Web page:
This very rare plant is not likely to ever be offered for sale commercially and it has none of the aesthetics that might make it a likely candidate for the future. It is an interesting species, nevertheless, and can be appreciated solely for that reason. Plants like Carolina spiny pod, make Florida an amazing place for "botanizing" - look for it if you are in Gadsden, Washington, or Duval Counties in late spring - or in adjacent counties as well. Because this plant is not always obvious, you may find it outside its known range and add to our knowledge of Florida's flora.
Spinypod, sometimes referrred to as Anglepod, (Gonolobus suberosus; fka Matelea gonocarpos) is a member of the milkweed family and formerly included in a small group of vining milkweeds, the Mateleas. Recent taxonomy has placed it in its own genus for small differences in its fruit and flower structure. Like nearly every member of the Mateleas, this species is quite rare in nature and listed as a state threatened species. Spinypod is found nearly statewide, however, in upland sites, such as sandhills, with well-drained sandy soils and high levels of sunlight. And, like all nearly all members of this family, the vines and leaves produce a milky sap if injured and serve as larval food plants for members of the milkweed butterfly family.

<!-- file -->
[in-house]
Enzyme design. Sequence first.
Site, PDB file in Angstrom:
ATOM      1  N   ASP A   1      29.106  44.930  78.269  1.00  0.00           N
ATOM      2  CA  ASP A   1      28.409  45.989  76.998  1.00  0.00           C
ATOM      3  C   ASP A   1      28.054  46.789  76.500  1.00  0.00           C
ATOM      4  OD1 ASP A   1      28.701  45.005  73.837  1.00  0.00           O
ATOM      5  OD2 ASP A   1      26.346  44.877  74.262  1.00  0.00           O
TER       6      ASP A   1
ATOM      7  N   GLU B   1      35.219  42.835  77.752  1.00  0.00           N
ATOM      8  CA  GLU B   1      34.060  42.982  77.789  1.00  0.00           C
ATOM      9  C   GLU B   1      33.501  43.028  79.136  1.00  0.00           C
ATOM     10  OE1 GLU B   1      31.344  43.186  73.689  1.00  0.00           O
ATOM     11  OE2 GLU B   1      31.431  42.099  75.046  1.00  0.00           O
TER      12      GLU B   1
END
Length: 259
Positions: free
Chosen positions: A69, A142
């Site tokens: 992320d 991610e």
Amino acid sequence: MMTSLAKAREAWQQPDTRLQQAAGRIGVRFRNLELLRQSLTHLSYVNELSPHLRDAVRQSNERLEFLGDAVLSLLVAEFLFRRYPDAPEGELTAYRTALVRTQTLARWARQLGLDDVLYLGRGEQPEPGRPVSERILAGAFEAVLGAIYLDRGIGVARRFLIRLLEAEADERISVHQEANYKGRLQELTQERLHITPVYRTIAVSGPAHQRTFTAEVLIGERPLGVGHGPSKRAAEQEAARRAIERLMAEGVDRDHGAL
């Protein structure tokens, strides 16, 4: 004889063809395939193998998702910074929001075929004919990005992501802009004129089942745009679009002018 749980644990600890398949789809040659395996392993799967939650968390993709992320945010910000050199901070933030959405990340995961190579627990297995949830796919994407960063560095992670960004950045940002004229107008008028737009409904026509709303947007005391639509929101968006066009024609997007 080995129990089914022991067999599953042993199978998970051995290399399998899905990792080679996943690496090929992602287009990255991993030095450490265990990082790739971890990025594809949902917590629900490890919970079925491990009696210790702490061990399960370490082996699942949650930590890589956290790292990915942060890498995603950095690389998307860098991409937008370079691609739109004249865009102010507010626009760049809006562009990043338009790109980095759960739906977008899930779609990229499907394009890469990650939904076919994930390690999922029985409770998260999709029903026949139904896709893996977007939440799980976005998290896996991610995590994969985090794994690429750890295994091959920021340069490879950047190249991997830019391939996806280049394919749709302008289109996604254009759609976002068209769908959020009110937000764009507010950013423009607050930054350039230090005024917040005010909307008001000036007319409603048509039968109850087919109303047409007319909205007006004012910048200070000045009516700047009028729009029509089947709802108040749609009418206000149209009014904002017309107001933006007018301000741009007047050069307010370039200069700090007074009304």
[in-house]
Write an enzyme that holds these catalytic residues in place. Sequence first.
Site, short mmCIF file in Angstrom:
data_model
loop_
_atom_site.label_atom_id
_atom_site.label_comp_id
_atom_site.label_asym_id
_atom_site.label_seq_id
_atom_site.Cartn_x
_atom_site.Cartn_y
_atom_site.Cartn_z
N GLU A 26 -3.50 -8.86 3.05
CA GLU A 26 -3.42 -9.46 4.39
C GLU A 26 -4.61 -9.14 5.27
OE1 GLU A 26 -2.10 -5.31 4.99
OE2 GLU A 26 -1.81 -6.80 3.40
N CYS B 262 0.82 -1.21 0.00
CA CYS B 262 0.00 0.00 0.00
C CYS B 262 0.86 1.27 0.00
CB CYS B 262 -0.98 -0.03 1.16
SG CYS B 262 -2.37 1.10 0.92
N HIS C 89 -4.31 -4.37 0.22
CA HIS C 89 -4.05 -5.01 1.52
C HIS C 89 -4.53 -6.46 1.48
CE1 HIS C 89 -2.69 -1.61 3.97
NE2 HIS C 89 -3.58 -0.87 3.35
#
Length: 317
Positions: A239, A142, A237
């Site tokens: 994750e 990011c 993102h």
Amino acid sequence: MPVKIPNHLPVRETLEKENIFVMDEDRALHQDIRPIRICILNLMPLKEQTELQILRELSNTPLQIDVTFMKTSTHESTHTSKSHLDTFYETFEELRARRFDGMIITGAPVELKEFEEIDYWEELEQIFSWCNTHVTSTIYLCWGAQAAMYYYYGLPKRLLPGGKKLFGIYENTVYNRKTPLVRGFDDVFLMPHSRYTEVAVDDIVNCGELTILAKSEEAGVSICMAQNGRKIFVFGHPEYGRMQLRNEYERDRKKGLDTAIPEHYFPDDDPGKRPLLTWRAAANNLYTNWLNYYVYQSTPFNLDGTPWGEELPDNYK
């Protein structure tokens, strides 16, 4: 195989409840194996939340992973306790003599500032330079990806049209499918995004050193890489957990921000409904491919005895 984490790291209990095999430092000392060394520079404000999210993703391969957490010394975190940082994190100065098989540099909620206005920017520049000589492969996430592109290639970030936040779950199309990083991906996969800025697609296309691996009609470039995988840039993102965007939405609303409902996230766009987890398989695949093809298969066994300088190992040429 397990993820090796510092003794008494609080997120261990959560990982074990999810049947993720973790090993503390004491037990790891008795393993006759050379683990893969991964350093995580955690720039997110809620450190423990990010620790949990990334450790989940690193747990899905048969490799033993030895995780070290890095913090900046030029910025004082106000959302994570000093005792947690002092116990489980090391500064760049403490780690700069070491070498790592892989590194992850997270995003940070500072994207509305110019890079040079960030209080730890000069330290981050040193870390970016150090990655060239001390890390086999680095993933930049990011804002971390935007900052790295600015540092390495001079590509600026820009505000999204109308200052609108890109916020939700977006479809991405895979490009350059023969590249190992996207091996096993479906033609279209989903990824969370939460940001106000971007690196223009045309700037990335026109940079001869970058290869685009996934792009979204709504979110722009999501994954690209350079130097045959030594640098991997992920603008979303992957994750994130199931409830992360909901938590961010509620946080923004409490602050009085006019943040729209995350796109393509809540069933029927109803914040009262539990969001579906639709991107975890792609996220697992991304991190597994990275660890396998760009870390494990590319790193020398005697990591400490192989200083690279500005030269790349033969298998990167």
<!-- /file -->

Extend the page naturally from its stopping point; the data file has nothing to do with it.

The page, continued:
Spinypod is a rambling deciduous vine. After emerging in the spring, it quickly grows into a multi-branched herbaceous vine that grows over and through nearby vegetation. At times, it may be difficult to see, but its presence is given away by the star-shaped flowers and/or the presence of female milkweed butterflies (esp. Queens and Monarchs) laying eggs.
Spinypod, like other close relatives, has heart-shaped leaves; nearly 1" across and more than 1" long.
Flowering occurs in summer. The flowers vary a bit in color, but the 5-petal, star-shaped blooms are often maroon red in the center and edged on the outside by greenish yellow. The petals are thick and fleshy in texture. A month or more after flowering, the very spiny and angular seed pods mature. They split open like other members of the milkweed family and the seeds are carried away by the fluffy pappus attached to the end of each.